In Memoriam: Iris Turcott, 1954-2016

Beautiful, complicated dramaturge convinced generations of playwrights that theatre was vital, essential and deeply important


September 22, 2016

Iris Turcott died this morning.

I cannot tell you how surreal it is to have just written that sentence.

As everyone who knew Iris will tell you, she was a force of fucking nature. A word that Brad Fraser used on social media today was “warrior” – and yes, a warrior woman, a theatre warrior, a goddamn theatre Goddess in fact.

First was her son Merrick, but second place of importance in her life was the theatre.

If we ever had doubts about “Why theatre?” or “Who cares about theatre?” or “Is theatre dead?” we just needed a moment in her presence and we fragile people of the theatre were convinced again that we were part of something vital and essential and deeply important.

I met Iris in the 90s in her days as dramaturge at Canadian Stage. We weren’t close but I knew her.  She was very involved with Brad and Ronnie Burkett and Tomson Highway. I knew those guys so I knew Iris. I’d see her at openings and once I went in for a meeting with her about a play of mine but I was a bit too full of myself  (or hungover) to hear her notes, and so we never worked together then.

It wasn’t until nine years ago when I was Playwright in Residence at the Banff Playwrights Colony and she was there working with Robert Chafe that we really connected. We had both been in Banff a few days, and one afternoon she approached me in the dining hall.

“I’ve been watching you,” she said. “What happened?”

“What happened how?”

“Why aren’t you an asshole anymore?”

I explained to her that I’d gotten sober. After that a new kind of friendship developed between us as we began to trudge a path together.

Iris worked on most of my plays after then – unless she didn’t connect with one, and if she didn’t, she had no trouble bluntly saying it wasn’t for her. And even then you felt her complicated love.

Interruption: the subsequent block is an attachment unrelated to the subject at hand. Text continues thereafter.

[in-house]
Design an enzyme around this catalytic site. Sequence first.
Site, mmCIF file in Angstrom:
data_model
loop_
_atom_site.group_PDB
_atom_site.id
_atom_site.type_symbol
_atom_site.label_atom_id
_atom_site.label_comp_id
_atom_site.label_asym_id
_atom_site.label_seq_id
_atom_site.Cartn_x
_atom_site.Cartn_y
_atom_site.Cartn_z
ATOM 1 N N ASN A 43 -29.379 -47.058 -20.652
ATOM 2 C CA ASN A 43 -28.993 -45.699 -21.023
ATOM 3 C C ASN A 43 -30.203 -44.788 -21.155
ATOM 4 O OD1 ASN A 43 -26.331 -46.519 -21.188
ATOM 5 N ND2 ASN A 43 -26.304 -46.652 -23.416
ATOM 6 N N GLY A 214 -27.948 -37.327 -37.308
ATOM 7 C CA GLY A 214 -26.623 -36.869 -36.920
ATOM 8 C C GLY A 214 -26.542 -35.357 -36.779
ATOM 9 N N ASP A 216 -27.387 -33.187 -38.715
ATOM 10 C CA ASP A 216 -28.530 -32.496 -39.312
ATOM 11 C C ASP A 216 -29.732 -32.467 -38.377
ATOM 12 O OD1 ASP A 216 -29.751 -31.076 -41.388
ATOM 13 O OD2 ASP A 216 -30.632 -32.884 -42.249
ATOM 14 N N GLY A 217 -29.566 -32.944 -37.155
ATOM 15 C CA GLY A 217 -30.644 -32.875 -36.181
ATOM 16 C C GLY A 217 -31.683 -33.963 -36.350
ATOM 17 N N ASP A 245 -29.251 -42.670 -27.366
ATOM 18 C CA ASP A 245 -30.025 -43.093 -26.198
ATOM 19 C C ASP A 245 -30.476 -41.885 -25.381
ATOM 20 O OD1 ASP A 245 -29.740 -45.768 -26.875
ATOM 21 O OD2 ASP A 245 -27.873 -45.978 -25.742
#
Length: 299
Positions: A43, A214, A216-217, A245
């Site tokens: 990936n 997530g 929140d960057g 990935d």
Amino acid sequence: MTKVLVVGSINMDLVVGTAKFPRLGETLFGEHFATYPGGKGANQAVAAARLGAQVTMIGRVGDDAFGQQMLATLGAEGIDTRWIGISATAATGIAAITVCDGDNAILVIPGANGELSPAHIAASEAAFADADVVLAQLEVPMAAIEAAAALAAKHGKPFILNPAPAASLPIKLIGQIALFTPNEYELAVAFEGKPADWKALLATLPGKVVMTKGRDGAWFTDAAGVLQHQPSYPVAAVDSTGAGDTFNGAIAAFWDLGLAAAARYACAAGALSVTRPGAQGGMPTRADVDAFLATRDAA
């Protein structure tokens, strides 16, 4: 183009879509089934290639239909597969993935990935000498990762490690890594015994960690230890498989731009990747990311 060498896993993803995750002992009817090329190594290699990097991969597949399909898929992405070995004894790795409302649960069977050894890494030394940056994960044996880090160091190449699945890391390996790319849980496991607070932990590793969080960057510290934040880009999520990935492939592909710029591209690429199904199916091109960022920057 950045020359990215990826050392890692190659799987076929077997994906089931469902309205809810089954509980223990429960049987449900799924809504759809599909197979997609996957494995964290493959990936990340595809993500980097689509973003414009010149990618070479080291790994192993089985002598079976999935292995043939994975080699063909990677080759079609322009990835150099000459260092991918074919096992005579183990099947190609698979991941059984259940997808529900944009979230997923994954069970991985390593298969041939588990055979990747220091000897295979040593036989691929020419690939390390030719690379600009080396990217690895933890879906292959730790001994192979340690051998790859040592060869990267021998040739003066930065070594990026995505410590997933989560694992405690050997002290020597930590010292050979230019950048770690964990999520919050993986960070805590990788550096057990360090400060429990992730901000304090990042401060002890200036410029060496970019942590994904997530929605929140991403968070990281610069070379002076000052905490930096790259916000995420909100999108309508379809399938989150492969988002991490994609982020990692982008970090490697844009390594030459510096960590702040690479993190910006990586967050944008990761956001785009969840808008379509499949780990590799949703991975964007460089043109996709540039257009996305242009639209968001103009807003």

I remember a day I went into her garden apartment on Ontario Street and sat at her long blue table, feeling sorry for myself for some difficult rehearsal or bad review, and she said in this loving maternal voice, “Would you like a cup of tea?” and I said, “Sure, do you have peppermint?” and without a moment to shift, she became a Medusa, hissing “It’s not a fucking restaurant!”

That was our beautiful, complicated Iris.

In July, Iris was taking her yearly holiday where she would spend some time with her dear friend Bonnie Green and her cousin and friend Paul Shaw in Stratford, and afterward take a few weeks in her beloved Port Stanley where she would walk on the beach in the mornings with her dog Honeybee, and play poker with “the old ladies” in the afternoons.

But something went wrong and she began to lose weight. She came back to Toronto early and went through a battery of tests, and cancer was discovered. The news was not good. She didn’t want to tell many people, she certainly didn’t want it public, she never liked any kind of show made over her, she could not bear to be the centre of attention in that way.

When I visited her during the film festival she told me she thought she’d be around for another couple of months. And when Iris told you something you believed it. Iris said it, so it must be true.

None of us expected it to happen so quickly.  Last night she was working with Matt MacKenzie on his new play. Matt had flown in from Calgary to stay with Iris while they worked together. This morning she woke up at five and asked Matt to wipe her face and her hands with a wet facecloth. Matt told me that when he did that she complained about the temperature. When Matt got the temperature right she fell asleep “like a baby.” And that was that.

Today on Twitter, Joan MacLeod wrote, “Iris made writing a play a less lonely thing.”

And tonight I think of our motley crew: Brad and Ronnie and Tomson and Matt and Robert Chafe and John Alcorn and Anusree Roy and Judith Thompson and David Yee and Charlotte Corbeil-Coleman and Colleen Murphy and Nina Lee Aquino, all of us gathered under the flag of our Pirate Queen, and I feel all of our sadness, all of our loss, our loneliness.  

I spoke with Iris on the phone on Tuesday. She had begun to have trouble breathing. She called but couldn’t catch her breath to talk.

She said, “Tell me a story while I breathe.”

Yes, Iris. Forever.

***

Daniel MacIvor’s Who Killed Spalding Gray?, dramaturged by Iris Turcott, plays the Berkeley Street Theatre in a Rework Production presented by Canadian Stage, November 30 to December 11.

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